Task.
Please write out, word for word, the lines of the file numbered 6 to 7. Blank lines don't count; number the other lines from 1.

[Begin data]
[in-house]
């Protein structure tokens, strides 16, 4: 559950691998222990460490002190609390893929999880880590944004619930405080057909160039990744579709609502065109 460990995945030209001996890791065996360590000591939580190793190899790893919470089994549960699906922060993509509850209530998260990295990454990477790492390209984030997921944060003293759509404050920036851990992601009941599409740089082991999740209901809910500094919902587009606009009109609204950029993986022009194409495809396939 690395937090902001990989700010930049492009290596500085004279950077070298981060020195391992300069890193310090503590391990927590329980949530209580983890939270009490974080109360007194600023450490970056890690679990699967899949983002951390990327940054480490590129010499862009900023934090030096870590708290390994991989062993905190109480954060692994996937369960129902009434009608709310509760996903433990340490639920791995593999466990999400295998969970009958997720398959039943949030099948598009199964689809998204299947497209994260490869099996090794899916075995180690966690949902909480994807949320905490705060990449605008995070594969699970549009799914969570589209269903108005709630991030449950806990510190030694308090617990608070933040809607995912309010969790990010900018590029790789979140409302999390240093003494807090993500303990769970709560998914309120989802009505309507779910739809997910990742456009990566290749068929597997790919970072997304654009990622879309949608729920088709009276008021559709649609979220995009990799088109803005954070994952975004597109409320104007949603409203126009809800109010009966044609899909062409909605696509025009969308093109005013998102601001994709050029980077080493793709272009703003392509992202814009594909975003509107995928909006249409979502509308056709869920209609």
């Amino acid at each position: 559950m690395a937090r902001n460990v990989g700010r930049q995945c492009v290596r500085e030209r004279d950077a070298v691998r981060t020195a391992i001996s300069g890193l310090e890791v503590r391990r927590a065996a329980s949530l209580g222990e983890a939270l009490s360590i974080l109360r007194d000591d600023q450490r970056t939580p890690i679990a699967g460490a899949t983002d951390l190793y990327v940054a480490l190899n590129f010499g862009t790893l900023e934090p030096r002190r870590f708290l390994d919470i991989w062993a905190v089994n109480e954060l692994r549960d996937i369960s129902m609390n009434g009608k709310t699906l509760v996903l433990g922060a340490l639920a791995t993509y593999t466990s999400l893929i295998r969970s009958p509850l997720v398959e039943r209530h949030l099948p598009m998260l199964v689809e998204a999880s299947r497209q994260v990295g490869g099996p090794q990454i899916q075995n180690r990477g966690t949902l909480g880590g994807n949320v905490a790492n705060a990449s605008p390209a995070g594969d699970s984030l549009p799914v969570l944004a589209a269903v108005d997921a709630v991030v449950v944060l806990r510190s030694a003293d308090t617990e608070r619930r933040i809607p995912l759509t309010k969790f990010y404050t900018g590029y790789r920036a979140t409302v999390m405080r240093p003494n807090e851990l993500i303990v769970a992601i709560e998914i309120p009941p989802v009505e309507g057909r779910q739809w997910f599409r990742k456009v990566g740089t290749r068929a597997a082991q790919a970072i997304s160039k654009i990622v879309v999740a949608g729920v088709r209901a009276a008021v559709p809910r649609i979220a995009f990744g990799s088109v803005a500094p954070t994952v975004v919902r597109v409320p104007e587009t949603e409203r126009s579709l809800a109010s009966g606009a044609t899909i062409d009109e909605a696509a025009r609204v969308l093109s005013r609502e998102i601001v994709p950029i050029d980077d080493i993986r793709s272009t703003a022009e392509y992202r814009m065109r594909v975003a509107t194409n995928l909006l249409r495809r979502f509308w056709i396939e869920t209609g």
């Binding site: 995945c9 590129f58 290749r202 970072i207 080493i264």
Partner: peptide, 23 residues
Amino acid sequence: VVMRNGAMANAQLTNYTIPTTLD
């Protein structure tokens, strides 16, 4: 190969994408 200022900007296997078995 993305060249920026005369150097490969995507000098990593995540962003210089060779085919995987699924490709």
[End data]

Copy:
Amino acid sequence: VVMRNGAMANAQLTNYTIPTTLD
């Protein structure tokens, strides 16, 4: 190969994408 200022900007296997078995 993305060249920026005369150097490969995507000098990593995540962003210089060779085919995987699924490709």